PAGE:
The ecologist, William L. Patenaude, is a regular CWR contributor. He commends President Obama for certain aspects of the POTUS’s speech yesterday, given at Georgetown University, about dealing with climate change:
Moreover, I very much appreciate the president’s statement to the young people gathered before him that he refuses “to condemn your generation and future generations to a planet that’s beyond fixing.” And I stand to applaud his words that “[a]s a president, as a father, and as an American, I’m here to say we need to act”—because we do need to act—now, profoundly, and with great wisdom.
And yet I must ask: What of those “future generations” who will not be allowed their birth? What of the pro-abortion policies of the president, his administration, and a good many members of his party in Congress—as well as a few folks from the opposite side of the isle, too?
Here we consider the wisdom of the pope emeritus, who provided the words at the top of this blog: that our duties toward the environment are linked to our duties toward the human person. “It would be wrong to uphold one set of duties while trampling on the other. Herein lies a grave contradiction in our mentality and practice today: one which demeans the person, disrupts the environment, and damages society.”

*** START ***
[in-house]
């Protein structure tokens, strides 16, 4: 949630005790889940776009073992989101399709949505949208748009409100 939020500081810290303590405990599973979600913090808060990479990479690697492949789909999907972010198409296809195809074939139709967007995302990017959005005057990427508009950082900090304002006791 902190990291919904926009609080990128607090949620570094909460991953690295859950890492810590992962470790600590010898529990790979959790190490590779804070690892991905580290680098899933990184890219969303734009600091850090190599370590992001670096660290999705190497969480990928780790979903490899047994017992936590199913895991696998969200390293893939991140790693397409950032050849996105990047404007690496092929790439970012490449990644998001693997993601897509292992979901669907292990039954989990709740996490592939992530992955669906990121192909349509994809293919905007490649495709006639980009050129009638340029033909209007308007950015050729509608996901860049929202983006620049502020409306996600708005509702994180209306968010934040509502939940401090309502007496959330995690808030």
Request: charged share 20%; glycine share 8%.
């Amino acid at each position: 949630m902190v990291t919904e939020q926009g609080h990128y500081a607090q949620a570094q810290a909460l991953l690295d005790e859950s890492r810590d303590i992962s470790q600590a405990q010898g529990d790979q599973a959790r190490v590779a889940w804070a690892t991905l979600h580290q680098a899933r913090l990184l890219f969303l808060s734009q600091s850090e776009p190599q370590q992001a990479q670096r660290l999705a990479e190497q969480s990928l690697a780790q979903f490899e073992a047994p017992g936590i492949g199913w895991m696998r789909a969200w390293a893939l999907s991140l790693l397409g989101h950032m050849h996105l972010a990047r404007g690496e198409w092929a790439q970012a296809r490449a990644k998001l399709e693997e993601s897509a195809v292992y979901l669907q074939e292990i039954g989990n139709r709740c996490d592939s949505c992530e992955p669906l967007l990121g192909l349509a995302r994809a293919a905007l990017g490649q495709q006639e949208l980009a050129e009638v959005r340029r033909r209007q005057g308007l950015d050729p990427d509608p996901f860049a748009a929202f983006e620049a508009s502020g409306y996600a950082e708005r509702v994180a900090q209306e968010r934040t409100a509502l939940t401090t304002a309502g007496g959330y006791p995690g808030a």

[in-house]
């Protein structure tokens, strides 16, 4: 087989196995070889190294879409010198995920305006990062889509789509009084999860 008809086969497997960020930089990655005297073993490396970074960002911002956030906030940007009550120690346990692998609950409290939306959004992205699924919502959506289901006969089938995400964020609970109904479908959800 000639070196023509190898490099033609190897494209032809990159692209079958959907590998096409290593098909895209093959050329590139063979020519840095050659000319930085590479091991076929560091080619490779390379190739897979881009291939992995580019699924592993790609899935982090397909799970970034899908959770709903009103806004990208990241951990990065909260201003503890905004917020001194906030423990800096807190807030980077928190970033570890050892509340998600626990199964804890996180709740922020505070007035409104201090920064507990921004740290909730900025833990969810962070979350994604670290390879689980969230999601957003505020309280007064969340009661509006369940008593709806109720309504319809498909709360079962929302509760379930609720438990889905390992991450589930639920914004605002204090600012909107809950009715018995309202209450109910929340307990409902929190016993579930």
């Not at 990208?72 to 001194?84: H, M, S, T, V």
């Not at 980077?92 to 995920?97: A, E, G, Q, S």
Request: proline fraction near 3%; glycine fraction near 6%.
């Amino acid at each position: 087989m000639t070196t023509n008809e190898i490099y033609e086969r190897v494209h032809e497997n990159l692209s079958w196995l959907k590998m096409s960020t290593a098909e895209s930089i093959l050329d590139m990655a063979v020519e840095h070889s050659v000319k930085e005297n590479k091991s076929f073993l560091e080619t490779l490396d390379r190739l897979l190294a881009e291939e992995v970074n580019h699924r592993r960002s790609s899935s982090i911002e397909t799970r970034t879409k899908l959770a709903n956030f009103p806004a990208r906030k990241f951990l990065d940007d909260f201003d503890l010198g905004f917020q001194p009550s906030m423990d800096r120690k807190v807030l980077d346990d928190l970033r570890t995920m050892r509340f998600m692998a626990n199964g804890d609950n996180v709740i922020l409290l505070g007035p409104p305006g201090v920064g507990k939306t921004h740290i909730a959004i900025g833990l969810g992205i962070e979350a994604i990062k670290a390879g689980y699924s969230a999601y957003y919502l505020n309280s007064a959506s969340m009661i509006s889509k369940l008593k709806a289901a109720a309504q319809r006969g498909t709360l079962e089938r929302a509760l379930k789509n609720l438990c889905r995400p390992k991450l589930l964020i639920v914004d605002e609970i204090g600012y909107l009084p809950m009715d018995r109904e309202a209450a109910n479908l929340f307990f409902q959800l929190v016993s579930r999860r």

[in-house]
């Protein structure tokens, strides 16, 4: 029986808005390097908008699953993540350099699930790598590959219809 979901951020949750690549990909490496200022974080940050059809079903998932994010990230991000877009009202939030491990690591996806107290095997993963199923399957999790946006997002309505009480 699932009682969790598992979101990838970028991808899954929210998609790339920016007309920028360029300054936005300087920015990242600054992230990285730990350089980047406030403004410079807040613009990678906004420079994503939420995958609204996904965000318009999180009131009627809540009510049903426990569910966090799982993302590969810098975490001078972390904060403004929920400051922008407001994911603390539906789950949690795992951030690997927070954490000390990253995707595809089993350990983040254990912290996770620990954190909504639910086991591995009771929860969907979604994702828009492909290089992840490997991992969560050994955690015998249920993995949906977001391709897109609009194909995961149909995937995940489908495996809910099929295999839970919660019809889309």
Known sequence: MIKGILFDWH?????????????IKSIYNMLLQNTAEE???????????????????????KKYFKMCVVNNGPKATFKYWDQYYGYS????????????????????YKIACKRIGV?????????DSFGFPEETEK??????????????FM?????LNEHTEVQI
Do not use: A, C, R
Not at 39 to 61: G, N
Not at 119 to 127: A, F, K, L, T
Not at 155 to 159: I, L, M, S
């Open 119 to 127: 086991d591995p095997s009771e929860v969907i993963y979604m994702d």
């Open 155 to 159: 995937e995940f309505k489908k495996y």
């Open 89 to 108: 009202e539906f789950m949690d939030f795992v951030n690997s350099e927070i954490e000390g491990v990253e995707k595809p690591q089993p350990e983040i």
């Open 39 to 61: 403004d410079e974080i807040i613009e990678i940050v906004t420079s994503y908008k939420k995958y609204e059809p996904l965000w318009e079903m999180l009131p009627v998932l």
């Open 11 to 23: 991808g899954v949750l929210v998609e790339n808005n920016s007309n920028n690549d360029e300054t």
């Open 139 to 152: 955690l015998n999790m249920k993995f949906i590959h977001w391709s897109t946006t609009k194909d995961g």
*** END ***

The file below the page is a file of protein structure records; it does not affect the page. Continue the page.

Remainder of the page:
Concern over the impacts of climate change seems strange if one also accepts that the intentional killing of unborn children is acceptable and should be encouraged with tax payer funding.
As for the president’s climate-change plan, it will certainly be too much for some and not enough for others but for the Catholic ecologist it is hypocritical. Seeking to protect future generations from current policies and technologies is certainly the job of the state. But, more importantly, so is rejecting that we can eliminate members of future generations because we refuse to acknowledge their humanity.
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